The backdrop to the anti-migrant attacks is a social and legal structure based on segregation, despite the veneer of liberal democracy. The exclusion policies targeting migrant “infiltrators” derive from the apartheid régime buttressing the state’s foundation.
Even those migrants who enter legally as guestworkers suffer deep discrimination. According to a Human Rights Watch commentary, workers who are “bound” to their employers are exposed to extreme coercion:
As with the “sponsorship” or kifala system of many other Middle Eastern countries, Israeli policies make foreign workers extremely vulnerable to exploitation. In 2006, Israel’s Supreme Court found that the “binding” policy “has created quasi, modern-version slavery” where “the foreign worker had become a serf of this employer,” and gave the government six months to cancel it.
Four years on, it hasn’t.
Other policies, purportedly to discourage foreign workers from any activity that could strengthen their claims to Israeli residency, make it impossible for many foreign workers to have any form of family life.
Yet these migrants are cogs in a broader campaign to marginalize Palestinian workers, HRW noted. Foreign workers were recruited “as Israel has sought to replace the Palestinian work force since the second intifada, or uprising, began in 2000.”
Israeli Prime Minister Benjamin Netanyahu recently complemented the street violence with a brutal decree to deport some 25,000 “infiltrators,” stating that “Whoever can be sent away should be sent away from here as quickly as possible.” The measure will immediately affect migrants from countries with which Israel has diplomatic relations that allow for repatriation. A larger number of migrants hail from Eritrea and Sudan, to where deportation is impossible due to humanitarian concerns.
The government’s reaction to the immigration crisis mirrors its approach to “managing” Palestinians: military patrols and border walls – recently embodied in the planned construction of a massive steel fence to enforce the Egypt-Israel border.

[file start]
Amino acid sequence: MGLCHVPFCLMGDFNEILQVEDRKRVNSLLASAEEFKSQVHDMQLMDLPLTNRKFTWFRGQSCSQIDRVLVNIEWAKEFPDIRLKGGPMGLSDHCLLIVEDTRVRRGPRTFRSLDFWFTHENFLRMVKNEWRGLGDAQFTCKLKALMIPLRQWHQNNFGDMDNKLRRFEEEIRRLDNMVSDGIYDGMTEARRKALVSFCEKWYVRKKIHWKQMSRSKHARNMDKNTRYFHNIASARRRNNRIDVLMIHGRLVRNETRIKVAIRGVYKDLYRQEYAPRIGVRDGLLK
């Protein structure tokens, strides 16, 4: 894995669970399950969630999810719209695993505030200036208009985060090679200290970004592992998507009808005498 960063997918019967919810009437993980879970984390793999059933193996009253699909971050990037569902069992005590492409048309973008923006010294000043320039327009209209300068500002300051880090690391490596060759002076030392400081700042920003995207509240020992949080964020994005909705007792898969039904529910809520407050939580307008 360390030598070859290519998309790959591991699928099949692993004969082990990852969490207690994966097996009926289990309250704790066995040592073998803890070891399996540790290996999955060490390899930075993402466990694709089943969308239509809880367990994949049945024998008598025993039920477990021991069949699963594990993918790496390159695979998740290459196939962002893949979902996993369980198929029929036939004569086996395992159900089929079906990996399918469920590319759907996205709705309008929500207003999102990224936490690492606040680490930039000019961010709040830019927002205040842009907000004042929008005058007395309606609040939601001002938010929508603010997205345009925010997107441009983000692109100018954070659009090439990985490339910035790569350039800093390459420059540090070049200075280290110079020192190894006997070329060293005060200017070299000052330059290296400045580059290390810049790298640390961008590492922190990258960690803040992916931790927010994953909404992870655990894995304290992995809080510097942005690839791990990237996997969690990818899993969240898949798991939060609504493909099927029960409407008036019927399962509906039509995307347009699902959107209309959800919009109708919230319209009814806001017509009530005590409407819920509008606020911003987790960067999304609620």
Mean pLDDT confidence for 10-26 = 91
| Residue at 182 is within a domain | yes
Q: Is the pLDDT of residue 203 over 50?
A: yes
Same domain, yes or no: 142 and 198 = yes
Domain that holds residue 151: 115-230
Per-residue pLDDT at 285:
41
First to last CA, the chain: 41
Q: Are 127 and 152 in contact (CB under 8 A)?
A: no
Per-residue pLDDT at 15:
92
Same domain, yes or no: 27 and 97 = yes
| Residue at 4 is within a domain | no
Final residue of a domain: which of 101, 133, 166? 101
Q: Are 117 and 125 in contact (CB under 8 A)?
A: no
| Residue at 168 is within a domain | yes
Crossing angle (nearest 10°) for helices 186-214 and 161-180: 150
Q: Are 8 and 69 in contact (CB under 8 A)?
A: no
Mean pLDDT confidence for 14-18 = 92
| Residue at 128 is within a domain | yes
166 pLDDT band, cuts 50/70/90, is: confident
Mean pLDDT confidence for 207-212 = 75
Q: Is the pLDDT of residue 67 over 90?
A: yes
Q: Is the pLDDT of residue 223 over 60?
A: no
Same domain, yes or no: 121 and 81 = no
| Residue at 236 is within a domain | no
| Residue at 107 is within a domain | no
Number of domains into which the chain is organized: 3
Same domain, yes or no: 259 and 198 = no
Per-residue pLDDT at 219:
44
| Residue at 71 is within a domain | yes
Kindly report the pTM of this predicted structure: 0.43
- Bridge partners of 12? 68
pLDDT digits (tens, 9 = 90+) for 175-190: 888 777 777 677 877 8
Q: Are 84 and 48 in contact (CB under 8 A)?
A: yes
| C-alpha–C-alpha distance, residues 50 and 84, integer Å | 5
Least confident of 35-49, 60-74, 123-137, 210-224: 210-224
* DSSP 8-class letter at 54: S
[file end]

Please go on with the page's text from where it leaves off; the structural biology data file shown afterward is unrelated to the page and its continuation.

Though fears about economic competition are colored by racist paranoia, immigration is fundamentally an economic justice issue, for the migrants and for all of Israel’s fractured society. Israeli law has linked together African migrants, Arab Israelis and Palestinians in the Occupied Territories in a permanent underclass – branded as criminal infiltrators, security threats or enemies in their own homeland. Meanwhile, neoliberal economic policies exacerbate entrenched racial and class inequalities, including underlying economic instability among Israeli citizens.
“As long as Israel continues to sanctify the principle of a Jewish majority,” Schwartz said, “its policy remains racist both to the Palestinians in the occupied territories, to the Arab citizens in Israel, and to the migrants.”
Amid fences and checkpoints, Israel is infused with an explosive amalgam of economic stratification and race nationalism. The violence unleashed against migrants last month was just one of many sparks dancing around a short fuse with a long history.
Michelle Chen is a contributing writer at In These Times and The Nation, a contributing editor at Dissent and a co-producer of the “Belabored” podcast. She studies history at the CUNY Graduate Center. She tweets at @meeshellchen.